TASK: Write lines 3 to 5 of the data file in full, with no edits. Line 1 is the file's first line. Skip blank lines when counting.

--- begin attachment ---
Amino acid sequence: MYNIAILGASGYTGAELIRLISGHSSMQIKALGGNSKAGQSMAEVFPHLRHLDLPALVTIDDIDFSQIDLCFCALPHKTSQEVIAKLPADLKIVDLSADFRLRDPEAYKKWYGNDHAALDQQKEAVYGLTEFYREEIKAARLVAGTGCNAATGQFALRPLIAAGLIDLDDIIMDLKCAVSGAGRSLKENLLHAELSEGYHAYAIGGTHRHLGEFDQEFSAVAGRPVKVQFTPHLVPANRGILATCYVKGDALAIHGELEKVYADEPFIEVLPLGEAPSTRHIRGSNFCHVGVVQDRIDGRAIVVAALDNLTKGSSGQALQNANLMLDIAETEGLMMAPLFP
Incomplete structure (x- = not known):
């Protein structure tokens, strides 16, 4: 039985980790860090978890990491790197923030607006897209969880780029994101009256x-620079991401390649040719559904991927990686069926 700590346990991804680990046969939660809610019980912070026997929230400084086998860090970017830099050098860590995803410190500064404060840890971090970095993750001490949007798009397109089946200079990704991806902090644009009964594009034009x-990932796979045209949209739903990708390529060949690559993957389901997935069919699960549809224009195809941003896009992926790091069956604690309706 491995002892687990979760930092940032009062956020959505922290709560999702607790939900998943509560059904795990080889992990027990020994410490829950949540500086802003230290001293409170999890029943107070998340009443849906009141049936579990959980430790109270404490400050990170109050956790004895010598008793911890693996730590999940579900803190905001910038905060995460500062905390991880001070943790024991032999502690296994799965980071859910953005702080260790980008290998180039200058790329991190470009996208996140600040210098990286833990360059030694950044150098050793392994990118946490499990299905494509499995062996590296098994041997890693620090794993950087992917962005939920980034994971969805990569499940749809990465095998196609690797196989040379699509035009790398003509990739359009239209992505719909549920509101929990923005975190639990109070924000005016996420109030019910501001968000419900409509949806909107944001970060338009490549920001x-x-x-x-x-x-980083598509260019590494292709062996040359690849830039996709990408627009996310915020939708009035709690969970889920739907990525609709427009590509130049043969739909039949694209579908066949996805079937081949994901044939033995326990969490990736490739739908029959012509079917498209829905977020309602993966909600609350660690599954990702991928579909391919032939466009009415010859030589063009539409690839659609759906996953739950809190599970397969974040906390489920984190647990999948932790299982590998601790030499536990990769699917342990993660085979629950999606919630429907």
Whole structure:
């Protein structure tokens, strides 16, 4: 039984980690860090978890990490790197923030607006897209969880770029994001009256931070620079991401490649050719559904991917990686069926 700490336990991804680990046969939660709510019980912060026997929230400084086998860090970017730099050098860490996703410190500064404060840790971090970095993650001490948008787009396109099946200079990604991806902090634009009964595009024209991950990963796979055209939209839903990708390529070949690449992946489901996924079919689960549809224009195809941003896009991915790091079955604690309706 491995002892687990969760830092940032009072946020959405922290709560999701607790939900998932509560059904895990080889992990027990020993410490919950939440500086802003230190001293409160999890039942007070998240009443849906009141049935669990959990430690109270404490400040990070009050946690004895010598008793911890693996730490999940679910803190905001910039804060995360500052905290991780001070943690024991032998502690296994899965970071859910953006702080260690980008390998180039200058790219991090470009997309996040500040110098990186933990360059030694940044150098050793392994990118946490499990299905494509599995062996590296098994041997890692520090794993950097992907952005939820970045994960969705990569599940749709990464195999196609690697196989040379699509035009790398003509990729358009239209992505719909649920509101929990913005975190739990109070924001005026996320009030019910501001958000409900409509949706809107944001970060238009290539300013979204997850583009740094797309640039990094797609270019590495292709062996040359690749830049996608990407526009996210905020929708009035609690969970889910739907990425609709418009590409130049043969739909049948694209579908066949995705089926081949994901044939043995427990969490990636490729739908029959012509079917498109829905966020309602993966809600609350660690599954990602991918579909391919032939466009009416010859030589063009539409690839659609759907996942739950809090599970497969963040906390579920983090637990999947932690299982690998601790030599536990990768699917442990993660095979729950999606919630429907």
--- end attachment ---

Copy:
């Protein structure tokens, strides 16, 4: 039985980790860090978890990491790197923030607006897209969880780029994101009256x-620079991401390649040719559904991927990686069926 700590346990991804680990046969939660809610019980912070026997929230400084086998860090970017830099050098860590995803410190500064404060840890971090970095993750001490949007798009397109089946200079990704991806902090644009009964594009034009x-990932796979045209949209739903990708390529060949690559993957389901997935069919699960549809224009195809941003896009992926790091069956604690309706 491995002892687990979760930092940032009062956020959505922290709560999702607790939900998943509560059904795990080889992990027990020994410490829950949540500086802003230290001293409170999890029943107070998340009443849906009141049936579990959980430790109270404490400050990170109050956790004895010598008793911890693996730590999940579900803190905001910038905060995460500062905390991880001070943790024991032999502690296994799965980071859910953005702080260790980008290998180039200058790329991190470009996208996140600040210098990286833990360059030694950044150098050793392994990118946490499990299905494509499995062996590296098994041997890693620090794993950087992917962005939920980034994971969805990569499940749809990465095998196609690797196989040379699509035009790398003509990739359009239209992505719909549920509101929990923005975190639990109070924000005016996420109030019910501001968000419900409509949806909107944001970060338009490549920001x-x-x-x-x-x-980083598509260019590494292709062996040359690849830039996709990408627009996310915020939708009035709690969970889920739907990525609709427009590509130049043969739909039949694209579908066949996805079937081949994901044939033995326990969490990736490739739908029959012509079917498209829905977020309602993966909600609350660690599954990702991928579909391919032939466009009415010859030589063009539409690839659609759906996953739950809190599970397969974040906390489920984190647990999948932790299982590998601790030499536990990769699917342990993660085979629950999606919630429907």
Whole structure:
């Protein structure tokens, strides 16, 4: 039984980690860090978890990490790197923030607006897209969880770029994001009256931070620079991401490649050719559904991917990686069926 700490336990991804680990046969939660709510019980912060026997929230400084086998860090970017730099050098860490996703410190500064404060840790971090970095993650001490948008787009396109099946200079990604991806902090634009009964595009024209991950990963796979055209939209839903990708390529070949690449992946489901996924079919689960549809224009195809941003896009991915790091079955604690309706 491995002892687990969760830092940032009072946020959405922290709560999701607790939900998932509560059904895990080889992990027990020993410490919950939440500086802003230190001293409160999890039942007070998240009443849906009141049935669990959990430690109270404490400040990070009050946690004895010598008793911890693996730490999940679910803190905001910039804060995360500052905290991780001070943690024991032998502690296994899965970071859910953006702080260690980008390998180039200058790219991090470009997309996040500040110098990186933990360059030694940044150098050793392994990118946490499990299905494509599995062996590296098994041997890692520090794993950097992907952005939820970045994960969705990569599940749709990464195999196609690697196989040379699509035009790398003509990729358009239209992505719909649920509101929990913005975190739990109070924001005026996320009030019910501001958000409900409509949706809107944001970060238009290539300013979204997850583009740094797309640039990094797609270019590495292709062996040359690749830049996608990407526009996210905020929708009035609690969970889910739907990425609709418009590409130049043969739909049948694209579908066949995705089926081949994901044939043995427990969490990636490729739908029959012509079917498109829905966020309602993966809600609350660690599954990602991918579909391919032939466009009416010859030589063009539409690839659609759907996942739950809090599970497969963040906390579920983090637990999947932690299982690998601790030599536990990768699917442990993660095979729950999606919630429907």